Concentration-Specific Wastewater Operations Track WTTI 200: Water Supply & Wastewater Control WTTI 211: Intro to Wastewater Treatment WTTI 212: Water Distribution and Wastewater Collection WTTI 221: Calculations & Hydraulics for Wastewater WTTI 222: Water & Wastewater Instrumentation & Control WTTI 226: Water Chemistry WTTI 231: Advanced Wastewater Treatment WTTI 291: Internship: Utility Operations
How? Hybrid Experiential & Distance Learning Educational Model (HEDLEM) Hands-on requirement Internships with local utilities Geographically dispersed need On-line classes and forums
Distance Learning Can include mail, video, Internet Internet pros Availability rapidly increasing Access to multiple electronic learning resources No travel required Convenient Internet cons Infrastructure required Must pay for access Must have a computer Lack of hands-on experiences
Hybrid Experiential and Distance Learning Educational Model Educational component > online Hands-on component > local utility On-the-job training Issues Internet access Sufficient workforce recruitment pool Distance to experiential location
Industry Linkages Programmatic Direction – driven by practitioners Steering Committee Employment Sector – DW/WW utilities Trade Associations – local TAs linked to national organizations State Primacy Agencies Educators – WKU, Community Colleges, Training Providers
Utility Network (UNet) Local point of presence for students Provide access to local facilities Internships
Utility Network The Subversive End: Change the EMPLOYERs Mindset!
Mentor Network On-line network of experienced water professionals Participate in discussion forums Provide expertise to educators Give career guidance to students
Student Incentives Internships One college credit hour for every 80 hrs of supervised work-based experience Employer must complete student evaluation form Scholarships Trade Associations Utilities – tuition reimbursement
Student Incentives (contd.) On-line courses Moving toward independent learning Flexible for existing operators Discussion Forums Modularization – short courses by TA providers 8 hr short course ~ 0.5 academic credit hour Must have assessment tool (quiz)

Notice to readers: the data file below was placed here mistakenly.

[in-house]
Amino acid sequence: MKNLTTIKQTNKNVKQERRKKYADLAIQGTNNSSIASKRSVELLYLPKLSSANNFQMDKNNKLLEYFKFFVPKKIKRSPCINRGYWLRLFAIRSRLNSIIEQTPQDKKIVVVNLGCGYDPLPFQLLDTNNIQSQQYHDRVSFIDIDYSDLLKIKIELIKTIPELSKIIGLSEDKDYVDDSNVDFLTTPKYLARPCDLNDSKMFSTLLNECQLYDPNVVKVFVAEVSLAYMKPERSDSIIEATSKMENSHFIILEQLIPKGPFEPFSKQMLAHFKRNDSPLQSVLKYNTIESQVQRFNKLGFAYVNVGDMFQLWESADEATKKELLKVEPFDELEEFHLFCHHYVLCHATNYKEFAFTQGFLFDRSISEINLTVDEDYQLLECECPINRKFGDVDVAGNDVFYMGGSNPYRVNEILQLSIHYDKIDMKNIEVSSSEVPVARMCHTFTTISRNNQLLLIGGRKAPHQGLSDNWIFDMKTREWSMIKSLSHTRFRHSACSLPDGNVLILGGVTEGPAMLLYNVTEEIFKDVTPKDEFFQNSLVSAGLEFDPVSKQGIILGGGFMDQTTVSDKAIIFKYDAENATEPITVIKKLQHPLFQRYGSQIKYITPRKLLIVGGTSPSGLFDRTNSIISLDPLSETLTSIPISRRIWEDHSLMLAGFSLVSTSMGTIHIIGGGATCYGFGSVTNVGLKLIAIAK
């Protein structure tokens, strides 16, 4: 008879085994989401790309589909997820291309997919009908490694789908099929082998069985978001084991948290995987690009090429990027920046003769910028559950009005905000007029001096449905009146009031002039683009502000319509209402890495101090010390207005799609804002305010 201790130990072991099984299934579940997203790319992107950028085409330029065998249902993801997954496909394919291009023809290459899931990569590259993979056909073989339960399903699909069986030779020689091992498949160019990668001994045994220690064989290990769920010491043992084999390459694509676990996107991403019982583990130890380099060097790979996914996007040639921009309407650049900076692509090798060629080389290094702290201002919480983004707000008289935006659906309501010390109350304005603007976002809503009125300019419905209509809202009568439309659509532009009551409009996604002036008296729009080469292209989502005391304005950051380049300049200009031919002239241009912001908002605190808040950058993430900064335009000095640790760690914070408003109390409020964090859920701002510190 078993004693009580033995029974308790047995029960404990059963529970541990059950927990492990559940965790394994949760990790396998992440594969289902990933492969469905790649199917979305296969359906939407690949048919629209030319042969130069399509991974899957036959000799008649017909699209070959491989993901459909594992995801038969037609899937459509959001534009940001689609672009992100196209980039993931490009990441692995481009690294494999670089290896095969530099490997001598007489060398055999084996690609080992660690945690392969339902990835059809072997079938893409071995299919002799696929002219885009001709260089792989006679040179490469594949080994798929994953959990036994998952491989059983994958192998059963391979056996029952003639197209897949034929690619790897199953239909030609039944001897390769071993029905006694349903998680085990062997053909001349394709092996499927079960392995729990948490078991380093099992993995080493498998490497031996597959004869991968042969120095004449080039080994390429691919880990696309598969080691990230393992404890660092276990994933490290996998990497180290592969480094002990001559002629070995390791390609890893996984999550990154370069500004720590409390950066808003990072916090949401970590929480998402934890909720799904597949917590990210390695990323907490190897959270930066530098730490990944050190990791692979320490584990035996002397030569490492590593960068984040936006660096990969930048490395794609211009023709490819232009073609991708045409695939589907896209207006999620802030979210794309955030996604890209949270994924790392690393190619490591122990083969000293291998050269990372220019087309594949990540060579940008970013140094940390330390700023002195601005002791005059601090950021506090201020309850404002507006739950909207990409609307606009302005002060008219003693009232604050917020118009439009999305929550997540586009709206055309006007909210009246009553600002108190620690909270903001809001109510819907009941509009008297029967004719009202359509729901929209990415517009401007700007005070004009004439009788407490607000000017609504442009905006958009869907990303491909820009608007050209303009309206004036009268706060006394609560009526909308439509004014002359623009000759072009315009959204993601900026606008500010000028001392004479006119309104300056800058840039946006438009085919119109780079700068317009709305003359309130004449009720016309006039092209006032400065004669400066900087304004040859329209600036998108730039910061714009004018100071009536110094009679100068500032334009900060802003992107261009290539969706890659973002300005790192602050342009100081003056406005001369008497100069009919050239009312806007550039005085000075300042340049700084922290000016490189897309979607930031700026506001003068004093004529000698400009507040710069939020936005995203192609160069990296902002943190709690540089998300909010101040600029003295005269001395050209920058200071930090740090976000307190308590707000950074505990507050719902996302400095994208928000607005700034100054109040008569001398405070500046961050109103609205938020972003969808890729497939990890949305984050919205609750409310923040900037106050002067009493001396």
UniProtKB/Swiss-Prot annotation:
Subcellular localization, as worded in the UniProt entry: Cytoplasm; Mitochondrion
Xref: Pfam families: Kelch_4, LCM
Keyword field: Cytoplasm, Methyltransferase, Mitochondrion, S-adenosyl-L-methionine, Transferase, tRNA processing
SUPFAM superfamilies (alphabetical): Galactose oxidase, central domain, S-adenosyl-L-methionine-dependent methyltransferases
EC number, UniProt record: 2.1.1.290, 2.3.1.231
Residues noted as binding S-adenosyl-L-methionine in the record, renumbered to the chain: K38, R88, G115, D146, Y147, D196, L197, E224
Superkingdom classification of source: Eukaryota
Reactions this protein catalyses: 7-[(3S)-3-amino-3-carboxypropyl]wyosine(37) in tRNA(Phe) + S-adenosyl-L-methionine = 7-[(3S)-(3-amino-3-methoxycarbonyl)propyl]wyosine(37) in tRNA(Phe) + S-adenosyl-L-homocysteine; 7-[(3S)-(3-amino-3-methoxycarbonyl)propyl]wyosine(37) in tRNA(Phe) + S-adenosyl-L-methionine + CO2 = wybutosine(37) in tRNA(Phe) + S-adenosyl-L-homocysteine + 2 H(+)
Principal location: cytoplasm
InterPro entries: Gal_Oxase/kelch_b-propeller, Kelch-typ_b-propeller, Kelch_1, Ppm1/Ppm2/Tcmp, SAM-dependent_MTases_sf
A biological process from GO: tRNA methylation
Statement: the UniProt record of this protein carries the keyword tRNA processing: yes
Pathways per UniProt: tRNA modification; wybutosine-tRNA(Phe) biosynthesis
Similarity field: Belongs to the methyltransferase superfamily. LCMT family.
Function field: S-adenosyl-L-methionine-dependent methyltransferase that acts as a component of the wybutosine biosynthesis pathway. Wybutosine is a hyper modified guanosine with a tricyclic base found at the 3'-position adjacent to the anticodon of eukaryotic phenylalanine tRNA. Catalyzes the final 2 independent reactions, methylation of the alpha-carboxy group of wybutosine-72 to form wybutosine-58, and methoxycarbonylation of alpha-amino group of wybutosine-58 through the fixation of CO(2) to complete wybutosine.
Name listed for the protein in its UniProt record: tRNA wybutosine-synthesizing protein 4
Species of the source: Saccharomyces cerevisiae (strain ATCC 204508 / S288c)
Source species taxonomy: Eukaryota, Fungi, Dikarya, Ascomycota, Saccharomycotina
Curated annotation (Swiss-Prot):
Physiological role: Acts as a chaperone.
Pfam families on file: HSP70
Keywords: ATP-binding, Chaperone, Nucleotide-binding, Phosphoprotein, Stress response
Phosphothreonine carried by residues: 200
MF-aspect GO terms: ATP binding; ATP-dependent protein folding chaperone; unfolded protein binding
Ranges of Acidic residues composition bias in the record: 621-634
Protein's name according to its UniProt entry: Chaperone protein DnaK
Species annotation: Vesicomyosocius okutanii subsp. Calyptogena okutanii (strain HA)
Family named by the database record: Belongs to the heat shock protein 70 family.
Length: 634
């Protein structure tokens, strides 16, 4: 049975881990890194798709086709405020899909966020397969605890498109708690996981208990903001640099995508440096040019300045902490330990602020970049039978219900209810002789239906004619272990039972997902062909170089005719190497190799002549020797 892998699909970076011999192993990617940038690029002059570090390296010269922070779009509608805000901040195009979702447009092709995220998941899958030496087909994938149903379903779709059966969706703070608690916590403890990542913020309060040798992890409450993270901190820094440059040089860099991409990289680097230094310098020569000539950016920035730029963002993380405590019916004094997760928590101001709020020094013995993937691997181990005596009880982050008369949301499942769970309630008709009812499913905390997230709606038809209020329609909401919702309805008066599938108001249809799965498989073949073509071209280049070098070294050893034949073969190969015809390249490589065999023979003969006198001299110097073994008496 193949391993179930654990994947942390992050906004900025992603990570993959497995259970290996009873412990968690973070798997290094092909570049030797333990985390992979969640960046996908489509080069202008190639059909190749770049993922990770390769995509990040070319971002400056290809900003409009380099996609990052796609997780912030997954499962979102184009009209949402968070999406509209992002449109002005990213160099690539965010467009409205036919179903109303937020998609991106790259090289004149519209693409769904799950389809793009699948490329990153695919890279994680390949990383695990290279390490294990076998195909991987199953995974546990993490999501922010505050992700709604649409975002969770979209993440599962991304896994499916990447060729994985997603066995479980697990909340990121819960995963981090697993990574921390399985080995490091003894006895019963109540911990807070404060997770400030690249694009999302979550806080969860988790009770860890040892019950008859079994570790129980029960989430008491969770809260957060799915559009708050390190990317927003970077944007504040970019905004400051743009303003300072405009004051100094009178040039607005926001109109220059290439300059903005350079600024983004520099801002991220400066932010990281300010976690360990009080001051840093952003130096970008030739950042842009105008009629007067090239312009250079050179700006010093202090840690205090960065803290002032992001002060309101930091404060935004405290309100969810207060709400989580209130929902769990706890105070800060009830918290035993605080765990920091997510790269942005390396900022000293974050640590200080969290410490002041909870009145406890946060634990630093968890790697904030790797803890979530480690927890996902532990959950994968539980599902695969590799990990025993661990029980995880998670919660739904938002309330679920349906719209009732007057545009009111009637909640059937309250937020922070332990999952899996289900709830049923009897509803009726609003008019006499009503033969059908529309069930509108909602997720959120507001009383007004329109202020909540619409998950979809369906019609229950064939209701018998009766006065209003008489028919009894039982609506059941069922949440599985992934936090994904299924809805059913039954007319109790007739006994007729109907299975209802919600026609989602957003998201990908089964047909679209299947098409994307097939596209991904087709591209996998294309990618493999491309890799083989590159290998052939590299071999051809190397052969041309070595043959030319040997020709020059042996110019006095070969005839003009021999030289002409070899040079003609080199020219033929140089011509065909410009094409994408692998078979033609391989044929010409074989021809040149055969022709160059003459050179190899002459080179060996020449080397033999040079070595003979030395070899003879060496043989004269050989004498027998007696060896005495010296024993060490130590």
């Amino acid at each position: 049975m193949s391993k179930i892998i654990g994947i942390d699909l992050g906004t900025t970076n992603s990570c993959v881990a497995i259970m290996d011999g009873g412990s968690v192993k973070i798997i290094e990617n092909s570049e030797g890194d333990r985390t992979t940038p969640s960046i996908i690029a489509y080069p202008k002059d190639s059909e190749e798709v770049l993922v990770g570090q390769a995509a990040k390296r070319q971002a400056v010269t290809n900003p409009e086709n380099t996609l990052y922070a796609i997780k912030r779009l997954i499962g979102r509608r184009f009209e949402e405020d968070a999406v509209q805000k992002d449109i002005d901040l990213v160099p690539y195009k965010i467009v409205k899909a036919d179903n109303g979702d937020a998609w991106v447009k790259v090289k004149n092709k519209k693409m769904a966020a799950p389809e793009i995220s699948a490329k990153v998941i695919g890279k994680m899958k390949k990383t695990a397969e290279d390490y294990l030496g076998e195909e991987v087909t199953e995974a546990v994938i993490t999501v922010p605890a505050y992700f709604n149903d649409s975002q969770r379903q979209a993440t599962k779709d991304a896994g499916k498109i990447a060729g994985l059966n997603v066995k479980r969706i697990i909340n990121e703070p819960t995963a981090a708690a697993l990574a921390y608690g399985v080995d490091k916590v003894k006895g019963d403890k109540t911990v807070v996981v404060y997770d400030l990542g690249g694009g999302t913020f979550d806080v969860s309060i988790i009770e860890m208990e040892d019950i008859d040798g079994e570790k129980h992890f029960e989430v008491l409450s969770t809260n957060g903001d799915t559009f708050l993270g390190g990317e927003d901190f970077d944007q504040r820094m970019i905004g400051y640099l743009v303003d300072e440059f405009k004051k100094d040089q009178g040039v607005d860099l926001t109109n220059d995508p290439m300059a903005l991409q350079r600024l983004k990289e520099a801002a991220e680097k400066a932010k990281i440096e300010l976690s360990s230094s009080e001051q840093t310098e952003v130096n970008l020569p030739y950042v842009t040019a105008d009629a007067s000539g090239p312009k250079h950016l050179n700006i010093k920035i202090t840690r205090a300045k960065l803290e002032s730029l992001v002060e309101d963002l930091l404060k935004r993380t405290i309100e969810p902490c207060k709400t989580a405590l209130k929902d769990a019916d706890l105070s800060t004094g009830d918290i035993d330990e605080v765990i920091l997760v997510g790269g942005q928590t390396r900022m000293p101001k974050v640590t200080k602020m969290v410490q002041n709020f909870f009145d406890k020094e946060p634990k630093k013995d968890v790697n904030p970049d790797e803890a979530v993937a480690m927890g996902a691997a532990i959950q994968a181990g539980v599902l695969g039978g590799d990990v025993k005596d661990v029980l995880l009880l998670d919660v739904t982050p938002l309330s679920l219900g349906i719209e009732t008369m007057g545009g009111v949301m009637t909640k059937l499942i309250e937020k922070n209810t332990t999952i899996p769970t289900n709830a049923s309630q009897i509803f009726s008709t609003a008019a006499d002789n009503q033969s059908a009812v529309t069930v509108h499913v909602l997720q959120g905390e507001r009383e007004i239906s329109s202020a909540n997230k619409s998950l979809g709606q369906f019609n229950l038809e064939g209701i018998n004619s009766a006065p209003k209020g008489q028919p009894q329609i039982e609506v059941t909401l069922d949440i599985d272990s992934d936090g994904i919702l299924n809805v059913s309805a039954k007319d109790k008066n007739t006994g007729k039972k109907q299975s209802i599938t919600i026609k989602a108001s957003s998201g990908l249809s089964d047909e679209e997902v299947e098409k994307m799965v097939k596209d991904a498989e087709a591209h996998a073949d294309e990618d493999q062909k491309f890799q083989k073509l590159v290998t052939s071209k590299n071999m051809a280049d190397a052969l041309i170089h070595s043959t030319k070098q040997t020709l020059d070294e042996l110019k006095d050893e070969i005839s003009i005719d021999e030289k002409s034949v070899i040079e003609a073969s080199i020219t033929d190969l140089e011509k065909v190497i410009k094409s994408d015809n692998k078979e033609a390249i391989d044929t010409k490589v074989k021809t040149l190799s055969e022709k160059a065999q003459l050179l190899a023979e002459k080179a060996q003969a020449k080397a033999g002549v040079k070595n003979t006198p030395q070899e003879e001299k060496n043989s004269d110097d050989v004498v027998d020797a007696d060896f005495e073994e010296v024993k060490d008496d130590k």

CEU Articulation KY/TN AWWA Water Treatment Distribution KRWA Utility Management 101 Utility Organization, Regulation & Law KWWOA Wastewater Treatment Water Treatment & Distribution TAUD Disinfection and Disinfection Alternatives Gravity Media Filter Optimization Instructor Credentials Content Equivalency Student Assessment
Associate: Water Resource Management Bachelor: Technology Mgmt or Public Admin. Master: Technology Mgmt or Public Admin. CEO? CEUs Certified Operator Pathways for Millennials Certificate in Water Ops
National Replication Model can be extrapolated to other disciplines Laboratory Technician Stormwater Management Energy Management Resource Conservation Model can be franchised to other educational institutions/ training providers Content only Content and instruction
Conclusion More well-trained operators needed throughout the country Many educational opportunities for operators, even in rural areas Existing professionals can act as instructors and/or mentors Meet the needs of rural water systems and job- seekers in those areas
Its a Win-Win! Students Learn theory and application On-the-Job training Competitive edge Scholarships from trade associations Tuition reimbursement by utilities Existing operators receive CEUs Utilities/Internship Providers Get to test-drive students Get an extra set of hands